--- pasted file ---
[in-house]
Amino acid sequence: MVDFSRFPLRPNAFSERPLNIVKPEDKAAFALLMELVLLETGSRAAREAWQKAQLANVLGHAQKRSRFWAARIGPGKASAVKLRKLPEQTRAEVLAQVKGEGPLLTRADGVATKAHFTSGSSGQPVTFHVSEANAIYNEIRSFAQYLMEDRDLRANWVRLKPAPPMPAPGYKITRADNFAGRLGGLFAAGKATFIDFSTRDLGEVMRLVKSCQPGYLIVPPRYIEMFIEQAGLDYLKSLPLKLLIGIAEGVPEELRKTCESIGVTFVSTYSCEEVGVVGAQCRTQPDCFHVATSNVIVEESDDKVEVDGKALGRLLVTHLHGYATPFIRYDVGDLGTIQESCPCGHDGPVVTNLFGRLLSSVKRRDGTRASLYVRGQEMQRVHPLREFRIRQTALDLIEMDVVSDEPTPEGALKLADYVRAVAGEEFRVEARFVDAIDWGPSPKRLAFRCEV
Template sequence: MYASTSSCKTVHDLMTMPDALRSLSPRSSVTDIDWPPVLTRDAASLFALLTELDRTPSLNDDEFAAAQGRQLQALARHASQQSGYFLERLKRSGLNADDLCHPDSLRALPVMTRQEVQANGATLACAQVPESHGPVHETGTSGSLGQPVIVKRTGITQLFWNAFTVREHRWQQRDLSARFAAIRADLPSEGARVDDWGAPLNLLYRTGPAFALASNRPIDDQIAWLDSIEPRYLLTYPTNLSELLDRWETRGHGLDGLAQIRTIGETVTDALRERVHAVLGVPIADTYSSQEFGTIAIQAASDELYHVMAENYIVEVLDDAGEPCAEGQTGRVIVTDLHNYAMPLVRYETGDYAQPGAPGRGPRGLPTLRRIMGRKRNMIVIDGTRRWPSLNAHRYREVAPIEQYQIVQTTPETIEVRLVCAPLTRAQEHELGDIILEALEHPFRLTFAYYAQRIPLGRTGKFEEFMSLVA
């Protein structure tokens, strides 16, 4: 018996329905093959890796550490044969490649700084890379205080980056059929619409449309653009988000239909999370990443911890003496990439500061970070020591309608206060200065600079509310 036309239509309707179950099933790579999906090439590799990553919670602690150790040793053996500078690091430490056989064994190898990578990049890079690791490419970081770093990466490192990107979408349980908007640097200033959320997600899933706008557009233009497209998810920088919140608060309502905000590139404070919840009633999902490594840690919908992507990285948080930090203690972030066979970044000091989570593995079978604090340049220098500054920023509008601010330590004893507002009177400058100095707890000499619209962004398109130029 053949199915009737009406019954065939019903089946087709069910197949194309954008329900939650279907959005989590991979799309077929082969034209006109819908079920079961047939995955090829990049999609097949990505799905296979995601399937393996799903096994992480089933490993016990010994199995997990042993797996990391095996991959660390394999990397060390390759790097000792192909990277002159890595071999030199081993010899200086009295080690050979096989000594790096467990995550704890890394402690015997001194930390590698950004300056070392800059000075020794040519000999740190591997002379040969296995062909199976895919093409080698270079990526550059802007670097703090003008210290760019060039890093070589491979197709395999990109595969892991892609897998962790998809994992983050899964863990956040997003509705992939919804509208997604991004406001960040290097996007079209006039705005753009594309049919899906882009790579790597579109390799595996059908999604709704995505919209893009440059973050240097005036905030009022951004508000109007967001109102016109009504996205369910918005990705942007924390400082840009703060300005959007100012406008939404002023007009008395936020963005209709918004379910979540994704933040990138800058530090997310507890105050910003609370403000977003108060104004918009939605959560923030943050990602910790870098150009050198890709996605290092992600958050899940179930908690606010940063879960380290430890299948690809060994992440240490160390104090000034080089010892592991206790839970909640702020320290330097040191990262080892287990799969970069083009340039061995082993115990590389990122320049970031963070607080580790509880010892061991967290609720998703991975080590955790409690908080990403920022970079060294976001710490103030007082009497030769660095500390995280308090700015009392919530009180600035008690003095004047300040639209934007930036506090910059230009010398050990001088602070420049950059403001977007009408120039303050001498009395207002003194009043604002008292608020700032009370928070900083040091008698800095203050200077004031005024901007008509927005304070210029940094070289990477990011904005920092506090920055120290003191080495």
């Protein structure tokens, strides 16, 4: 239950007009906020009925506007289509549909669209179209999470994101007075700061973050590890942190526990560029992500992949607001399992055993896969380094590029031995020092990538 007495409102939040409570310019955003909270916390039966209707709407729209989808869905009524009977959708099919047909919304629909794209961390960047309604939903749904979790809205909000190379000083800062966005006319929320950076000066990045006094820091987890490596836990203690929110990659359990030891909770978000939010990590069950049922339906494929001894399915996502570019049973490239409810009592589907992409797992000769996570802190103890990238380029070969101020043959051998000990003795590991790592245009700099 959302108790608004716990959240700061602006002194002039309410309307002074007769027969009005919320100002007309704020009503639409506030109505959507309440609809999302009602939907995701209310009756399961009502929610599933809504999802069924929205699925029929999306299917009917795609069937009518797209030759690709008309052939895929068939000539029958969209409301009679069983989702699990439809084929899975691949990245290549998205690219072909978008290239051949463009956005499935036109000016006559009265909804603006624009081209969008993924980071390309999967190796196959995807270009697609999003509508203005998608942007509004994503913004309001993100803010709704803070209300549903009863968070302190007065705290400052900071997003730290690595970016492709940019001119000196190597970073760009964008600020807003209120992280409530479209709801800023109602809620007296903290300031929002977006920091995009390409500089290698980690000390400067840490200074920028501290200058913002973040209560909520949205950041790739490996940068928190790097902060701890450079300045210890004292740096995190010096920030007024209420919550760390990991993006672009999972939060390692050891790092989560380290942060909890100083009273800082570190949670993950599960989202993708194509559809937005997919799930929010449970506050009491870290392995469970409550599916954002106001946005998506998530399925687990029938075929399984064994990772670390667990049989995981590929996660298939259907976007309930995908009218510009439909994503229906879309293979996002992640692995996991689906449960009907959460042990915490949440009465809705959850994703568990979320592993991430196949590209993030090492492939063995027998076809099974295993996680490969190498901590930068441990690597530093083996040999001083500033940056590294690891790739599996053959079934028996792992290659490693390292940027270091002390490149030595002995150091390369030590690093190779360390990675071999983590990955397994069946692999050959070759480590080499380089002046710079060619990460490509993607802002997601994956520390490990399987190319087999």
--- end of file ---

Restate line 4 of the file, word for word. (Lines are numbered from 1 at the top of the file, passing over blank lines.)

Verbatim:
């Protein structure tokens, strides 16, 4: 018996329905093959890796550490044969490649700084890379205080980056059929619409449309653009988000239909999370990443911890003496990439500061970070020591309608206060200065600079509310 036309239509309707179950099933790579999906090439590799990553919670602690150790040793053996500078690091430490056989064994190898990578990049890079690791490419970081770093990466490192990107979408349980908007640097200033959320997600899933706008557009233009497209998810920088919140608060309502905000590139404070919840009633999902490594840690919908992507990285948080930090203690972030066979970044000091989570593995079978604090340049220098500054920023509008601010330590004893507002009177400058100095707890000499619209962004398109130029 053949199915009737009406019954065939019903089946087709069910197949194309954008329900939650279907959005989590991979799309077929082969034209006109819908079920079961047939995955090829990049999609097949990505799905296979995601399937393996799903096994992480089933490993016990010994199995997990042993797996990391095996991959660390394999990397060390390759790097000792192909990277002159890595071999030199081993010899200086009295080690050979096989000594790096467990995550704890890394402690015997001194930390590698950004300056070392800059000075020794040519000999740190591997002379040969296995062909199976895919093409080698270079990526550059802007670097703090003008210290760019060039890093070589491979197709395999990109595969892991892609897998962790998809994992983050899964863990956040997003509705992939919804509208997604991004406001960040290097996007079209006039705005753009594309049919899906882009790579790597579109390799595996059908999604709704995505919209893009440059973050240097005036905030009022951004508000109007967001109102016109009504996205369910918005990705942007924390400082840009703060300005959007100012406008939404002023007009008395936020963005209709918004379910979540994704933040990138800058530090997310507890105050910003609370403000977003108060104004918009939605959560923030943050990602910790870098150009050198890709996605290092992600958050899940179930908690606010940063879960380290430890299948690809060994992440240490160390104090000034080089010892592991206790839970909640702020320290330097040191990262080892287990799969970069083009340039061995082993115990590389990122320049970031963070607080580790509880010892061991967290609720998703991975080590955790409690908080990403920022970079060294976001710490103030007082009497030769660095500390995280308090700015009392919530009180600035008690003095004047300040639209934007930036506090910059230009010398050990001088602070420049950059403001977007009408120039303050001498009395207002003194009043604002008292608020700032009370928070900083040091008698800095203050200077004031005024901007008509927005304070210029940094070289990477990011904005920092506090920055120290003191080495």